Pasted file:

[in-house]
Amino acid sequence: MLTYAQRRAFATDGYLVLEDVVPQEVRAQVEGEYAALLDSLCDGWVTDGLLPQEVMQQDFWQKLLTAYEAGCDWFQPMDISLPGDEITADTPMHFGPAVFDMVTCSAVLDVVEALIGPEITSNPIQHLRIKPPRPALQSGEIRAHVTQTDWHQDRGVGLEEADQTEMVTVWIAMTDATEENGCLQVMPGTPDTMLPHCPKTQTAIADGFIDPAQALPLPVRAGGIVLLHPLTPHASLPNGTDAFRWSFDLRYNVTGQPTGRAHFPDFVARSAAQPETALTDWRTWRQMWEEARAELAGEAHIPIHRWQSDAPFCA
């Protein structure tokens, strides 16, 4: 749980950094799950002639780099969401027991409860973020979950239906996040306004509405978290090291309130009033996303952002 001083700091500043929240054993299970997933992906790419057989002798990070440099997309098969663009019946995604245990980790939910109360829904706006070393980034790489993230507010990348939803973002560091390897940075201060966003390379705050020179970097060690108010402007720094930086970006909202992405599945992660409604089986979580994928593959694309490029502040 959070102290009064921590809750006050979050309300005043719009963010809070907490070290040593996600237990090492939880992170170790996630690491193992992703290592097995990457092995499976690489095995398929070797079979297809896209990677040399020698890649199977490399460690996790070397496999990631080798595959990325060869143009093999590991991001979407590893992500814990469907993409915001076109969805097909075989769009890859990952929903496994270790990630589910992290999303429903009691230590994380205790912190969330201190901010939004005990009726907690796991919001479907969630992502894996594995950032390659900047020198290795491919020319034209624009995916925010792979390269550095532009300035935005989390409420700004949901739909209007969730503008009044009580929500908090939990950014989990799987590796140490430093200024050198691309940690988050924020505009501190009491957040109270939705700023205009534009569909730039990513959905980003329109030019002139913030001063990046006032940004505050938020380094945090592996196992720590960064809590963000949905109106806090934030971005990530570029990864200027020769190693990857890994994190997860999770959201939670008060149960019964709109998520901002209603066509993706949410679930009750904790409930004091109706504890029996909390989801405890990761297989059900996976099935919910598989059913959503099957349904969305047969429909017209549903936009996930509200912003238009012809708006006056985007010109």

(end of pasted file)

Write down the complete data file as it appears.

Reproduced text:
[in-house]
Amino acid sequence: MLTYAQRRAFATDGYLVLEDVVPQEVRAQVEGEYAALLDSLCDGWVTDGLLPQEVMQQDFWQKLLTAYEAGCDWFQPMDISLPGDEITADTPMHFGPAVFDMVTCSAVLDVVEALIGPEITSNPIQHLRIKPPRPALQSGEIRAHVTQTDWHQDRGVGLEEADQTEMVTVWIAMTDATEENGCLQVMPGTPDTMLPHCPKTQTAIADGFIDPAQALPLPVRAGGIVLLHPLTPHASLPNGTDAFRWSFDLRYNVTGQPTGRAHFPDFVARSAAQPETALTDWRTWRQMWEEARAELAGEAHIPIHRWQSDAPFCA
């Protein structure tokens, strides 16, 4: 749980950094799950002639780099969401027991409860973020979950239906996040306004509405978290090291309130009033996303952002 001083700091500043929240054993299970997933992906790419057989002798990070440099997309098969663009019946995604245990980790939910109360829904706006070393980034790489993230507010990348939803973002560091390897940075201060966003390379705050020179970097060690108010402007720094930086970006909202992405599945992660409604089986979580994928593959694309490029502040 959070102290009064921590809750006050979050309300005043719009963010809070907490070290040593996600237990090492939880992170170790996630690491193992992703290592097995990457092995499976690489095995398929070797079979297809896209990677040399020698890649199977490399460690996790070397496999990631080798595959990325060869143009093999590991991001979407590893992500814990469907993409915001076109969805097909075989769009890859990952929903496994270790990630589910992290999303429903009691230590994380205790912190969330201190901010939004005990009726907690796991919001479907969630992502894996594995950032390659900047020198290795491919020319034209624009995916925010792979390269550095532009300035935005989390409420700004949901739909209007969730503008009044009580929500908090939990950014989990799987590796140490430093200024050198691309940690988050924020505009501190009491957040109270939705700023205009534009569909730039990513959905980003329109030019002139913030001063990046006032940004505050938020380094945090592996196992720590960064809590963000949905109106806090934030971005990530570029990864200027020769190693990857890994994190997860999770959201939670008060149960019964709109998520901002209603066509993706949410679930009750904790409930004091109706504890029996909390989801405890990761297989059900996976099935919910598989059913959503099957349904969305047969429909017209549903936009996930509200912003238009012809708006006056985007010109």